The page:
Finding Joe to Break Through the Upper Limit Barriers to Love – Love Killers and Toxic Poisons
This podcast is best for couples, relationships, PTSD and those who “rage against the dying of the light.” My area of expertise consists in helping with difficulties in relationships & social relationships. Such difficulties include finding and sustaining healthy partnerships.
Such difficulties include finding and sustaining healthy intimacy, healing from a painful break-up or divorce, recovering from major loss, and growing up in aversive childhood experiences, trauma and difficult circumstances. I am particularly suited to helping those who have cultivated their intellects and creativity but would now like to develop a greater awareness of their emotional world. (Neuroscience of Relationships, Emotionally Focused Therapy, Gottman Method, CBT, DBT and EMDR).
Joe’s approach, I’m far from being the silent, blank therapist. I think my approach provides the richest and most depth and exploration of how we love, work, and play. I consider myself more of a process consultant and co-journeyman. I am also a 12 year military veteran and treat PTSD and transition.
I have developed brief 12-24 session relationship programs and intensives for couples to breakthrough the upper limit barriers that block them from experiences the love and intimacy both crave. My couples sessions range from 90-120 minutes and offer several couples weekend intensives for those wanting to go through a deep dive and Reboot Your Relationship.
Joe Whitcomb is a US Military Veteran and Rescuer, Relationship Coach/Trainer/Speaker, an attachment-based, emotionally focused therapist, and developer of the Trauma-Informed Relationship Psychotherapy Method which focuses on trauma (PTSD and Aversive Childhood Experiences ACE’s) and the impact on relationships, mind, body, emotions, health in couple relations, families, blending step-families, military, veterans, first responders, and adult survivors of childhood abuse/trauma.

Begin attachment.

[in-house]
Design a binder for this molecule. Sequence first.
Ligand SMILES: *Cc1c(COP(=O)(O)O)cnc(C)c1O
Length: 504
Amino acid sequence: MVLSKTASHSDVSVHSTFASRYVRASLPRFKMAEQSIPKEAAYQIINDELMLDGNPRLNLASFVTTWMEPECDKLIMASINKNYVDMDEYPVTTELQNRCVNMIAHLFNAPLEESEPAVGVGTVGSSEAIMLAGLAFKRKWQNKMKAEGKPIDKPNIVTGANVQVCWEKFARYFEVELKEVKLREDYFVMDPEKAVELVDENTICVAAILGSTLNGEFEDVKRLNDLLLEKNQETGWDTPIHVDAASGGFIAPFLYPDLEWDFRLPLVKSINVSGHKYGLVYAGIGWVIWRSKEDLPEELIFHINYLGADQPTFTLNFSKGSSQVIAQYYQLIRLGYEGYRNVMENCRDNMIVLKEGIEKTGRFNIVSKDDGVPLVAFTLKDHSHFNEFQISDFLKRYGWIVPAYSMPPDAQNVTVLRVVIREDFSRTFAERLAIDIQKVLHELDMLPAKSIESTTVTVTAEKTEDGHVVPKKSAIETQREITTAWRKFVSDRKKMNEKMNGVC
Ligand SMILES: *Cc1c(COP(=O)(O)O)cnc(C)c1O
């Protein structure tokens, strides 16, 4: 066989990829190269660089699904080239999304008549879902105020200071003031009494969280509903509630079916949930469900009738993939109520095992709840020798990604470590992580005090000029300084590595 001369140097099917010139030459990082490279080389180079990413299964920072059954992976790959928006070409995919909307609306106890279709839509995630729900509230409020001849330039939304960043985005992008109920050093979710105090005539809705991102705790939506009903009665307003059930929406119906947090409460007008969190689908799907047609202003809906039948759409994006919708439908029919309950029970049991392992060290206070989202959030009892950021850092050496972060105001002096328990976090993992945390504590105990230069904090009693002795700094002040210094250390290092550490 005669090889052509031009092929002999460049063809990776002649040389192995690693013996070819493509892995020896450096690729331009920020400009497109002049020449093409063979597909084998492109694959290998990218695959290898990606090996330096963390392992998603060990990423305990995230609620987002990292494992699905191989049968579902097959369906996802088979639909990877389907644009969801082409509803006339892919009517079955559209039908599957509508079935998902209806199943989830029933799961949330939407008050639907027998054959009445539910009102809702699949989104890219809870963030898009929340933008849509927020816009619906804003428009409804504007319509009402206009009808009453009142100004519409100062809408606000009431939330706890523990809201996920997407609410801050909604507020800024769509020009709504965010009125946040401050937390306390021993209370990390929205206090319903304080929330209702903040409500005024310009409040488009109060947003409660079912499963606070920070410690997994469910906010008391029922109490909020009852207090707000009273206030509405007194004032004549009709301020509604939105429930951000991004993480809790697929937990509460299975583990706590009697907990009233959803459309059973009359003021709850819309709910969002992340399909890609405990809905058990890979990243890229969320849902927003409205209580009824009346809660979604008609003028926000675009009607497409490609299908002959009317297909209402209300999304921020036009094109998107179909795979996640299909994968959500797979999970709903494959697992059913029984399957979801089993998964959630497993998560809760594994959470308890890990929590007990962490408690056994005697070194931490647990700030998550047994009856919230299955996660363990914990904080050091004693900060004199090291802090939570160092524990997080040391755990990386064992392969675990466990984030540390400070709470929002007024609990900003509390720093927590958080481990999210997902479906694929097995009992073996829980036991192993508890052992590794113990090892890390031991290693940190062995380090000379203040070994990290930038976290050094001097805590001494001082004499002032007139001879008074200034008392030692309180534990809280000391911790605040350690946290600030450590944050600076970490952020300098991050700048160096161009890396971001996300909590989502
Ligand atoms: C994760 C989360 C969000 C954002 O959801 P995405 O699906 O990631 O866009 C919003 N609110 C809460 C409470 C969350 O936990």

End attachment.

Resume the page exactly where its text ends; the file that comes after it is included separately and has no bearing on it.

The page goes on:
What Does it Mean to be Trauma Informed?
Noticing and embracing that trauma is the expectation, not the exception – all beings experience trauma, just different levels – it doesn’t matter if you were or are drowning at 1 feet, 7 feet or 21 feet, you were drowning.
Awareness of how trauma effects the brain, body, spirit, sense of safety and security in the world
Asking “What happened to you?” versus “What’s wrong with you?”
Minimize re-victimization and facilitate recovery for all clients in the most culturally sensitive way we can, taking into account culture, race, gender, sexuality, spirituality, and other factors
Behaviors are understood not merely as complaints but as attempts to cope and survive
This Thing We Do…So Other’s May Live and Love Well and Thrive – Joe Whitcomb
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